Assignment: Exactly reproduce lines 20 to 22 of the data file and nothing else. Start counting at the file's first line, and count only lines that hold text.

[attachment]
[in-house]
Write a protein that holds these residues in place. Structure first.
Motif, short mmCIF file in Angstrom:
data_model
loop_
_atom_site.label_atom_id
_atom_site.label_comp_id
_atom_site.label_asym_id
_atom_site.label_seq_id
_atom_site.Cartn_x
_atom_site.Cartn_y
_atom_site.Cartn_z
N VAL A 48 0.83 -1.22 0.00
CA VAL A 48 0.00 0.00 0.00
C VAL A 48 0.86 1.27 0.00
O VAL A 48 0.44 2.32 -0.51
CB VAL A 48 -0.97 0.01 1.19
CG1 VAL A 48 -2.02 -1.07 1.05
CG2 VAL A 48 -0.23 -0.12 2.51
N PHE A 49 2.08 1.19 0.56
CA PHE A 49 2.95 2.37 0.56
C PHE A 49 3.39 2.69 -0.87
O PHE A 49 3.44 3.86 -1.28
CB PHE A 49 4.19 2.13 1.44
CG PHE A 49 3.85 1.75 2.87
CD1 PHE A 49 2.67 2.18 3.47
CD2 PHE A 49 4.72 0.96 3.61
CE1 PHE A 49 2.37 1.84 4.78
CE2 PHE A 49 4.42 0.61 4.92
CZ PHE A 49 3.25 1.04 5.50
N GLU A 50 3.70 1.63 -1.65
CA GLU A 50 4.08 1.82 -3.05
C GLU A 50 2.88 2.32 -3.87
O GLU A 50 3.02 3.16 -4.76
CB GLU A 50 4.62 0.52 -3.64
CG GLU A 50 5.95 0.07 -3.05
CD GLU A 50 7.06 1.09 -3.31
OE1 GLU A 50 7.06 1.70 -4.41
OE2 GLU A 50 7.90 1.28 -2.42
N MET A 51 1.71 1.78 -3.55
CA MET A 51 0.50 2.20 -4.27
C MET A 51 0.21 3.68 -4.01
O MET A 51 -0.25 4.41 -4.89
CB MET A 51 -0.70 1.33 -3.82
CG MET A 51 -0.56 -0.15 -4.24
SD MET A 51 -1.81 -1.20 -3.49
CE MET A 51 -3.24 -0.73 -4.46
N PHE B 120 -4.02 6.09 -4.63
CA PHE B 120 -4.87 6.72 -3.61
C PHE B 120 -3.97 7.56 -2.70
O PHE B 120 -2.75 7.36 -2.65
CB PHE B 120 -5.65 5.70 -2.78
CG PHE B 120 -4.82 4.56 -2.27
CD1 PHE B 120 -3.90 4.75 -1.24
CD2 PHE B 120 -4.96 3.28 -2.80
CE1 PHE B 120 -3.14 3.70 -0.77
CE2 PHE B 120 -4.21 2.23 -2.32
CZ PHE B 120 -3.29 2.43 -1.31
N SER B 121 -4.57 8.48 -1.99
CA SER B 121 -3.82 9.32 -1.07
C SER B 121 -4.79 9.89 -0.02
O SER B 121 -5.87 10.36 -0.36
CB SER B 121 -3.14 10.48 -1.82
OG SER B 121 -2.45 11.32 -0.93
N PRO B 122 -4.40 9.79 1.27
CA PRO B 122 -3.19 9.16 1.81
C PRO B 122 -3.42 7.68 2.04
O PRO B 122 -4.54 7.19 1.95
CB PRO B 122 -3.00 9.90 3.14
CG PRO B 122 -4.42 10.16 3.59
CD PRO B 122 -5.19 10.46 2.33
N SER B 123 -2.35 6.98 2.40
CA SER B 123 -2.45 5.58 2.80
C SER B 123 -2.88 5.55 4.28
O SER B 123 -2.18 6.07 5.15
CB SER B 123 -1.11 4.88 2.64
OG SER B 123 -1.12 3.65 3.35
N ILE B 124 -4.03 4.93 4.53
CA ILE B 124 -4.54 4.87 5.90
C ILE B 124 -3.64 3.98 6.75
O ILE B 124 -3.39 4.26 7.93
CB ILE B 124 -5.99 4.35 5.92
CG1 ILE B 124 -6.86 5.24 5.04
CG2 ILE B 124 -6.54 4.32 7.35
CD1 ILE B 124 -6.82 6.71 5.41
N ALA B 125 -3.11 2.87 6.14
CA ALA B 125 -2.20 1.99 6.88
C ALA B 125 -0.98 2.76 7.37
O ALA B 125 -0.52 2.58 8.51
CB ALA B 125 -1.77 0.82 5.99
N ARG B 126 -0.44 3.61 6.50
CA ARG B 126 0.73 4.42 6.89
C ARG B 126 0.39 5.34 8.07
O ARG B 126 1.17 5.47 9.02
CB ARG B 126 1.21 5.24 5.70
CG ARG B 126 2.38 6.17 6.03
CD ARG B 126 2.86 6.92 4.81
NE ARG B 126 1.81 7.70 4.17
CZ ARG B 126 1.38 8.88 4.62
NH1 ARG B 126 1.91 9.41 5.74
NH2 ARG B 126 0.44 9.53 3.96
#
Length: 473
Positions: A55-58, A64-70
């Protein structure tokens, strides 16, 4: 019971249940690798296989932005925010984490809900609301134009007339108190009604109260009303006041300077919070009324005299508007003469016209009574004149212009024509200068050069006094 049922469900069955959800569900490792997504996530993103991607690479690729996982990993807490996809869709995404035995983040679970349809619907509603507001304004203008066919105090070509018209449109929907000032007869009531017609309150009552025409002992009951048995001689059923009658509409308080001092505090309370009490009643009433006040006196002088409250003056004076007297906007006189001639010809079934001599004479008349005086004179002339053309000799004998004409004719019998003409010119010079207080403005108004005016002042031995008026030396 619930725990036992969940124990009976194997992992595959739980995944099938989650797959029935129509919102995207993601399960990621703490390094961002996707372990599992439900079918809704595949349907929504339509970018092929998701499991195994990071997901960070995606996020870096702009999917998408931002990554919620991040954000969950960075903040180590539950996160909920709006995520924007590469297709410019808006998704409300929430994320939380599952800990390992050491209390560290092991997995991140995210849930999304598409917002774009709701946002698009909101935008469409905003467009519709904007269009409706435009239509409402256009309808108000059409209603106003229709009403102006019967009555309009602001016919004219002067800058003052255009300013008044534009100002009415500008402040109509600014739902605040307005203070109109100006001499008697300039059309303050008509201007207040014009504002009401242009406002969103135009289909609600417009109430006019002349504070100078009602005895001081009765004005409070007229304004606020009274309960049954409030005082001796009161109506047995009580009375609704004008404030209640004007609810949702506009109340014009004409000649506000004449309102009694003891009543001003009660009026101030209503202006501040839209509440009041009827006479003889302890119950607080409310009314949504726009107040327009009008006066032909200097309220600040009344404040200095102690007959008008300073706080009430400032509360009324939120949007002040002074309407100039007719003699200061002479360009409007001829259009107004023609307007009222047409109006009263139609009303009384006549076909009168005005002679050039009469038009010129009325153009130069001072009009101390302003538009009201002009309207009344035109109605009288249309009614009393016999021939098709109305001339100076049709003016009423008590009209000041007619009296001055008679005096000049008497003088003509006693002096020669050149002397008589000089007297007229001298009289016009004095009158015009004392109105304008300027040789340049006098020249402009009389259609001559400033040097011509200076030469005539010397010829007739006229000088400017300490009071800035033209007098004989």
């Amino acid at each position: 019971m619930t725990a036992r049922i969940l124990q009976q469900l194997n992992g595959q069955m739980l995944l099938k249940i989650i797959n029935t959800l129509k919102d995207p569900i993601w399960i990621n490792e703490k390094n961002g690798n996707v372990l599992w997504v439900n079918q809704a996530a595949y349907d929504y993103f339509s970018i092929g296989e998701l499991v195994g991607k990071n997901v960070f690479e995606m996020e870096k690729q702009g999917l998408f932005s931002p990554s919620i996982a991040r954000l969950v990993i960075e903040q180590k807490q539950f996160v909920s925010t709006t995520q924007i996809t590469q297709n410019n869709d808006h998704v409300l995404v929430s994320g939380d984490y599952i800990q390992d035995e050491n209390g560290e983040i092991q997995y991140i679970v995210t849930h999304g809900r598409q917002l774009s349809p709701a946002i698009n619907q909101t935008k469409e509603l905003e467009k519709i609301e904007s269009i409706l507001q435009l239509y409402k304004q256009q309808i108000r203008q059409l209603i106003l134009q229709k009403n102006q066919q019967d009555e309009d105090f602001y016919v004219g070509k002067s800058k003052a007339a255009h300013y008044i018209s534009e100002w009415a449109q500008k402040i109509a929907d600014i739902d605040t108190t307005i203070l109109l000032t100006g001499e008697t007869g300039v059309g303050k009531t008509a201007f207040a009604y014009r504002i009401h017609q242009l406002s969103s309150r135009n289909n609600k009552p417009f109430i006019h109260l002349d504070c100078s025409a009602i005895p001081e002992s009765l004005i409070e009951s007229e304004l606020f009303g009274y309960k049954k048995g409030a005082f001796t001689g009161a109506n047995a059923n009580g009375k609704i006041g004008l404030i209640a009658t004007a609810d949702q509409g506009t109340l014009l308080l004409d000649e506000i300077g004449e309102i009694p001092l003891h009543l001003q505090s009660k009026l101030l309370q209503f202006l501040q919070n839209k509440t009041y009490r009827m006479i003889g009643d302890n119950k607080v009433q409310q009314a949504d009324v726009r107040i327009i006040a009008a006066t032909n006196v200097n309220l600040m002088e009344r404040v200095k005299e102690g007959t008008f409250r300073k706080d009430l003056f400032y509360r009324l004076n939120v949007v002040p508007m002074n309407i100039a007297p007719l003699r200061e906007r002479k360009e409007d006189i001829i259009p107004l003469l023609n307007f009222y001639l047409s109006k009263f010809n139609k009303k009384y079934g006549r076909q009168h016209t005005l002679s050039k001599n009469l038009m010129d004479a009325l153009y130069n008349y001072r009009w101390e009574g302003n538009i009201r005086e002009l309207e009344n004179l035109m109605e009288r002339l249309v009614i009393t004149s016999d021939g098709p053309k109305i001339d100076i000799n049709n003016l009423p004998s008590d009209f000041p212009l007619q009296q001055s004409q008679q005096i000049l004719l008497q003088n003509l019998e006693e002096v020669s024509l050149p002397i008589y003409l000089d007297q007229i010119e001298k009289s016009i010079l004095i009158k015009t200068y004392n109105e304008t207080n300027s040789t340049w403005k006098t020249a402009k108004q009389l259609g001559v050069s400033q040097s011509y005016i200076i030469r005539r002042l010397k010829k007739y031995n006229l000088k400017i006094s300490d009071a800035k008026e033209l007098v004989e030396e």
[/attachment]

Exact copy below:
N PHE A 49 2.08 1.19 0.56
CA PHE A 49 2.95 2.37 0.56
C PHE A 49 3.39 2.69 -0.87